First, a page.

One of the primary reasons is that we believe children benefit from being in a multi-disciplinary setting. It’s not just that it’s convenient for parents of children who need multiple therapies to have a single, physical location for all of them. (Families in Southwest Florida may find it very difficult to arrange all of the therapies their child needs in a home-based setting.) It’s the fact that in a clinic-based setting, supervisors are more available to provide additional direct observation and guidance compared to in-home services.
This point was underscored in a recent study published by the National Institute of Health. In that analysis, researchers controlled for individual differences by comparing and contrasting at-home and clinic-based ABA therapy treatment for the same kids. What they found was that kids demonstrated far higher rates of learning during treatment provided in-clinic compared to in the patient’s home. In fact, they mastered 100 percent more skills per hour while receiving in-clinic treatment compared to home-based treatment.
FOCUS Offers ABA Therapy at Our Fort Myers Clinic
Our clinic-based ABA therapy at FOCUS is designed to optimize your child’s growth in numerous areas of development, including:
- Social interactions.
- Play skills.
- Adaptive skills.
In occupational therapy, we tend to see our mission as helping children succeed. However, we also recognize that it’s equally important to teach kids how to fail.
That may seem strange, but the reality is failure is an inevitable outcome for everyone at some point or another. The size of the failure may vary, but knowing how to better tolerate will reduce meltdowns, anxiety and social difficulties (which can exacerbate the initial problem). Perhaps even more importantly, kids who know it’s Ok to fail sometimes are less likely to give up – and more likely to try new things! Ultimately, knowing how to self-regulate and cope with failure sets your child up for success in the long-term.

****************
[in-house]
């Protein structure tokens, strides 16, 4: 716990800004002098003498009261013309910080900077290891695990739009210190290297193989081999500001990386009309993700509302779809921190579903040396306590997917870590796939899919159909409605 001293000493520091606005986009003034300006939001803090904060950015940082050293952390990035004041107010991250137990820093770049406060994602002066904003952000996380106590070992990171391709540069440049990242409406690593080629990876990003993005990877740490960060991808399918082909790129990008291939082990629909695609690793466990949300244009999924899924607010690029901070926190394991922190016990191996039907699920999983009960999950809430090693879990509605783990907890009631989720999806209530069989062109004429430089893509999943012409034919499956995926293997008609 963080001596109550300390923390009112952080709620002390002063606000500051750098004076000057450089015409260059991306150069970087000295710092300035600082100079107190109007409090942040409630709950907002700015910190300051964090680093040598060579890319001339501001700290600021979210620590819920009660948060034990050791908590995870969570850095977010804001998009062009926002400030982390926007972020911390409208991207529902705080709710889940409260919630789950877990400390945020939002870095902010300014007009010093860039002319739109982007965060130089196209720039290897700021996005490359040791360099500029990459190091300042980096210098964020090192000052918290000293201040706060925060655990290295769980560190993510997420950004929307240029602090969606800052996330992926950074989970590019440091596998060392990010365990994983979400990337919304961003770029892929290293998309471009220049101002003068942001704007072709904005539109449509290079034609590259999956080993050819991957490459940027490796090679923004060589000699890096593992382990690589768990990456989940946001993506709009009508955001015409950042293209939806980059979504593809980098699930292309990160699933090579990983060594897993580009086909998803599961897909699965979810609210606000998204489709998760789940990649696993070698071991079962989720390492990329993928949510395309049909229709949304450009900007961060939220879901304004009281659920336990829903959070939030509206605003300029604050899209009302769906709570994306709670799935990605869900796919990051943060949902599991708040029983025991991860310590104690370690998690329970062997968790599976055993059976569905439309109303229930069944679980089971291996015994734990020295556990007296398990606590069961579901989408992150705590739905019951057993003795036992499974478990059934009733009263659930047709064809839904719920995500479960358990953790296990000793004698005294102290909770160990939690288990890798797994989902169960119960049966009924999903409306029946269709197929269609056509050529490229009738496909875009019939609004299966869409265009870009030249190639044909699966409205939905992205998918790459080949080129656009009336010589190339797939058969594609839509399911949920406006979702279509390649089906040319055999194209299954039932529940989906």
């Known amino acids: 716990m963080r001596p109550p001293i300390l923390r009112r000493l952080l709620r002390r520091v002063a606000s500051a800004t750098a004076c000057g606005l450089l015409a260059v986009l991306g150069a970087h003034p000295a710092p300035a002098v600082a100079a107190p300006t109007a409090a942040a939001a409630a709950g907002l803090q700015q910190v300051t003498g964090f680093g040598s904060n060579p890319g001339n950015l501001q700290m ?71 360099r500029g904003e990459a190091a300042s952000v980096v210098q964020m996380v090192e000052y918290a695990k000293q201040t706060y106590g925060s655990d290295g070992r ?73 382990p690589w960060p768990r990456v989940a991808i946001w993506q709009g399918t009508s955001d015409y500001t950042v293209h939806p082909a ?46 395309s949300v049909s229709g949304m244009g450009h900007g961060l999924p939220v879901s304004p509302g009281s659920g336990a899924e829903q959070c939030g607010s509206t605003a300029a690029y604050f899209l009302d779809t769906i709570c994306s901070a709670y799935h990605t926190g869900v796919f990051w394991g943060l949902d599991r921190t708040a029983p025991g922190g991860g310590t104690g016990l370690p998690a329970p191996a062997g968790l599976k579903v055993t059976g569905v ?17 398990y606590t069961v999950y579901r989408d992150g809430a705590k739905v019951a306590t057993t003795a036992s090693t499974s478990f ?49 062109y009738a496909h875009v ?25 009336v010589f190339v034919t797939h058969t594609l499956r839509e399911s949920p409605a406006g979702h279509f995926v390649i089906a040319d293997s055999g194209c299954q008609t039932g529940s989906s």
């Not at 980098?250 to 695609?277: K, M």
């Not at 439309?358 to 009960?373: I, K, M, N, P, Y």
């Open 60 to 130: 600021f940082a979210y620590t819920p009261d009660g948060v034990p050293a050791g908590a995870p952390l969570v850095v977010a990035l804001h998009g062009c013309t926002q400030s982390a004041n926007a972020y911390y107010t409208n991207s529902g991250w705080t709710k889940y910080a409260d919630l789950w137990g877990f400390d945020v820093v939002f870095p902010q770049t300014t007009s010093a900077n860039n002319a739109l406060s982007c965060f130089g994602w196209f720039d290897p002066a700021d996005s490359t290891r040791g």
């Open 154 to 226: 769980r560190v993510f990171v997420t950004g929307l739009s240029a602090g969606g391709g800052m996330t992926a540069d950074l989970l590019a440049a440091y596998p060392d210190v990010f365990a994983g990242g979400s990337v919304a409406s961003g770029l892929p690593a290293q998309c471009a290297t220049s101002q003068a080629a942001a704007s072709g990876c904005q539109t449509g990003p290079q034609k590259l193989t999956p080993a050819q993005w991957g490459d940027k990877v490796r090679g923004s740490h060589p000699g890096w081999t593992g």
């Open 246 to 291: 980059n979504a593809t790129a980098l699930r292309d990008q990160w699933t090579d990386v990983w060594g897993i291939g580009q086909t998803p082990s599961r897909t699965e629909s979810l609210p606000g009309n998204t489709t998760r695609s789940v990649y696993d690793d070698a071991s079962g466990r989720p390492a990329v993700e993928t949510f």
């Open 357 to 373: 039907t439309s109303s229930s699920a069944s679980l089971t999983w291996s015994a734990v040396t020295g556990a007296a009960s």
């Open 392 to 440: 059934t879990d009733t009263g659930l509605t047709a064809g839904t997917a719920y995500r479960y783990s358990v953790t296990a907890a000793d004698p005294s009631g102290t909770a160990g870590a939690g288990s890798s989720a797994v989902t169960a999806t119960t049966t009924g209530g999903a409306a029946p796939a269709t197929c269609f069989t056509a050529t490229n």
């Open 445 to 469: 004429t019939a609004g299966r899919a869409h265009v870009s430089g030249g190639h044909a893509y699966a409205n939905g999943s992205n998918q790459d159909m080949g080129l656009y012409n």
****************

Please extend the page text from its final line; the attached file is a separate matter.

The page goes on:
This point was underscored several times by NBA great Michael Jordan, who throughout his career spoke about the importance of losing. Resilience and perseverance in the face of challenges are a huge part of what has much him a winner, he’s said.
“If you’re trying to achieve, there will be roadblocks. I’ve had them; everybody has had them. But obstacles don’t have to stop you. If you run into a wall, don’t turn around and give up. Figure out how to climb it, go through it, or work around it.”
Helping kids figure out ways to climb it, go through it and work around it are a huge part of what our FOCUS occupational therapy team does every day. Self-regulation is a big piece of that puzzle, particularly with children who are diagnosed with delays, disabilities and other challenges.
A new study has found that some social behaviors and reciprocal social skills associated with autism are inherited. But as children get older, their environment takes on a growing influence in how the child develops, researchers concluded.
This reinforces something our Fort Myers ABA therapy team has known for some time: The minds of children are incredibly resilient, and with appropriate early intervention, new neuropathways can be forged to help them overcome many of the deficits they face.
All parents struggle with problem behaviors with their children at some point. This is especially true for families with children diagnosed with Autism, ADHD, behavior challenges or related disorders. FOCUS ABA therapy promotes “expected behaviors” (and discourages “unexpected behaviors”) through consistent, positive reinforcement over a period of months or years. These methods are most effective when we have consistent parent carryover of our strategies.
We understand that lack of compliance, transition trouble and meltdowns can be incredibly frustrating for parents. Although we work on self-regulation and other skills in behavior sessions, our Fort Myers ABA therapy team have some helpful tips for how to handle these situations at home to reduce unexpected behaviors and increase positive behaviors.